Dinah, ClinkShrink, & Roy produce Shrink Rap: a blog by Psychiatrists for Psychiatrists, interested bystanders are also welcome. A place to talk; no one has to listen.
Sunday, July 24, 2011
Kindle versus Nook?
We bought our daughter a Kindle for her birthday and I'm using it while she finishes her hard copy books. So far, it has two books on it: Shrink Rap (because my husband bought it for his iPad and it magically appeared on the Kindle, perhaps because they are all linked to my Amazon account) and Slaughterhouse 5-- her summer reading. So, Billy Pilgrim, Kilgore Trout, Roland Weary and a bunch of Tralfamadorians are taking a walk down memory lane. It's light, it's easy, it's portable, and I'm addicted to screens. I'd kind of like to turn the pages with a touch screen, and how do I get the print a little larger for when the lighting is low (oy, I've hit that age)? So, Kindle versus Nook: if you're done the comparison, do let me know....
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Dinah, you left the iPad out of the comparison. Why is that? I for one find the iPad hugely useful for many things, and do have multiple books on it.
sent from my iPad
iPad is not in the running--- I prefer my MacBook. The iPad is much more expensive than a Kindle, it's heavier and not as comfortable to hold. It's a lot more than I need in an e-Reader.
Kindle has WAY more medical texts- huge advantage there.
BUT the Nook has a 'lending' feature - if you finish an awesome book and want to let a friend read it, you can lend it to them. (As long as they also have a Nook, of course).
The lending feature is kind of a total winner unless you plan on using medical textbooks, in my opinion. (My boyfriend has a Nook, I have a Kindle.)
If we ever get any money after hubby gets a job, an e-reader is something I want. But because being able to check out e-books from the library is important to me, that knocks out the Kindle right away; you can't do that, you can only use Kindle books that you buy (well I think there might be free ones that are out of copyright, like The Woman in White.)
The Nook will use obviously not the Kindle format files, it can use several types of files, including the type used by libraries to lend out.
For me, the little I've looked into it, I'd probably go with the non-color Nook, as the e-ink screen is easier on the eyes over time than the color screen.
I have played with an aunt's Kindle and found it very neat; I think there might be something on it where you can make it larger text but I'm not sure. Maybe that was on a different e-reader I was reading about.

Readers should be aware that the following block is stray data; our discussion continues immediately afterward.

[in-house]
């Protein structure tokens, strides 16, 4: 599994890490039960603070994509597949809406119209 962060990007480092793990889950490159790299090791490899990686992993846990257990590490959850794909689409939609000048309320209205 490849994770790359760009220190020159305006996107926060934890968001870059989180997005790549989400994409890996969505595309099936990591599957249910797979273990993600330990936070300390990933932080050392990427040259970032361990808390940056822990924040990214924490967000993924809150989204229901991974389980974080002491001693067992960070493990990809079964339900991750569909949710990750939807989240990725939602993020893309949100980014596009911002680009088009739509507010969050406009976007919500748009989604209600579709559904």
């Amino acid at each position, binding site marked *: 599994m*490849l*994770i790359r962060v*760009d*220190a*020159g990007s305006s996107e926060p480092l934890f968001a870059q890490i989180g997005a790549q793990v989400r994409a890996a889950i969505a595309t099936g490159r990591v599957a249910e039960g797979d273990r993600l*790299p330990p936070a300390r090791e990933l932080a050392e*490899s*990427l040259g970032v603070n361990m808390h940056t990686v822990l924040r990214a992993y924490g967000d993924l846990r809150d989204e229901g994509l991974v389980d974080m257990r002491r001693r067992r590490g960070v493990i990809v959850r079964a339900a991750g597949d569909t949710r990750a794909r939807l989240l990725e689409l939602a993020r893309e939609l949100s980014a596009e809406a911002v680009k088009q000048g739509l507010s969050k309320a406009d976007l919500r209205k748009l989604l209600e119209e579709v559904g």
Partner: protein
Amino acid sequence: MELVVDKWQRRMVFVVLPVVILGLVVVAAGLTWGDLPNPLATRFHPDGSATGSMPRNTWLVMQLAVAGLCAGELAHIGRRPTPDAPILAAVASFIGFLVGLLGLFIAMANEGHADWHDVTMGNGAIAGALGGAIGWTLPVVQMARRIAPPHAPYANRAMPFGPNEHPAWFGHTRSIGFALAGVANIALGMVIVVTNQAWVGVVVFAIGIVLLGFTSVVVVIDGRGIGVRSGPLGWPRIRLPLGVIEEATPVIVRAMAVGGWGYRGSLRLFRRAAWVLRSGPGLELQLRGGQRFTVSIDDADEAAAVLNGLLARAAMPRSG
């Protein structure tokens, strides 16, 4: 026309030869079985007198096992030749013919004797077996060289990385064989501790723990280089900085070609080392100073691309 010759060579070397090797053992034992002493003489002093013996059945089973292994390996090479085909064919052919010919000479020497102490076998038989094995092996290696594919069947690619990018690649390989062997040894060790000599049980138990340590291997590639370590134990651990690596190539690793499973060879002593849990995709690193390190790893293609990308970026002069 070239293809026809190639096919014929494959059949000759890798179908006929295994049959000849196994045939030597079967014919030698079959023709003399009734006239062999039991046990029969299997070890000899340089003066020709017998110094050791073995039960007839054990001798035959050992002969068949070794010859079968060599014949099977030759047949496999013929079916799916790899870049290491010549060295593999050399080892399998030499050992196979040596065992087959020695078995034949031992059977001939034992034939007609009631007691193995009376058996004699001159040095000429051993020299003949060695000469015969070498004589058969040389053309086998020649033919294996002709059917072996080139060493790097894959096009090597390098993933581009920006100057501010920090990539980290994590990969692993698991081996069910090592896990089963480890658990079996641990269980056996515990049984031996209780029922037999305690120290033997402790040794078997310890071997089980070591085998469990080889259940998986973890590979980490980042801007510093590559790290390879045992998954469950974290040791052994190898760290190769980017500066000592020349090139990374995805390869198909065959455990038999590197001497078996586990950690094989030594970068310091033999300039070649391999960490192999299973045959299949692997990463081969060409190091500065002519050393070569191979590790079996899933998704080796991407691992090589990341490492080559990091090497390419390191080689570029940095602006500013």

But since I read for hours at a time often, the easier on the eyes thing means not a color one (although I do have some digital versions of magazines on my computer, I do not know if they are of a file type that can be used on certain e-readers, and those might only be the color ones).
So, you know, since I've only ever handled the Kindle I can't really review them, but just giving the info I've researched and why I want the features I want or don't want.
Both would be a waste of money. Wait until they can embed a teeny chip in your body that will be able to wirelessly deliver anything ever written, direct to your brain. It will so tiny that you can inhale it in a nasal mist and it will attach itself to your brain's "reading sensors". Nothing to carry around or drop. You could be sleeping and have content continuously loaded into your brain. If you really cannot wait, Kindle has text to speech so you do not have to read at all. It will do it for you. That is a boon for the busy professional.
I hear that Simon and Garfunkel are re-writing the lyrics of I am a Rock: I have me nooks and my poetry to protect me. See the difference that one letter makes?
The cloud cometh, the cloud is here. Dark and overhanging.
I read often but am generally reluctant to comment. (I'm making an exception this time, since I am totally enamored of my Kindle and always eager to sing its praises!)
Anyway, you may have stumbled across this by now, but in case not... To make the screen text bigger on Kindle, just press the 'Aa' button (located between the space bar and the 'home' key). It's pretty self-explanatory from there.
Anon: I had not found the Aa key--Thank you!
I have both a Kindle and a Nook (the original non-color Nook). I very rarely touch my Nook. I personally find the Kindle to be far more user friendly, less "buggy", the battery lasts much longer on my Kindle, and I just generally like the Kindle more. Just my opinion. I would have been totally happy with my Nook if I had never gotten a Kindle. I think anyone could be very happy with either. Just the Kindle is my personal preference. Happy Reading!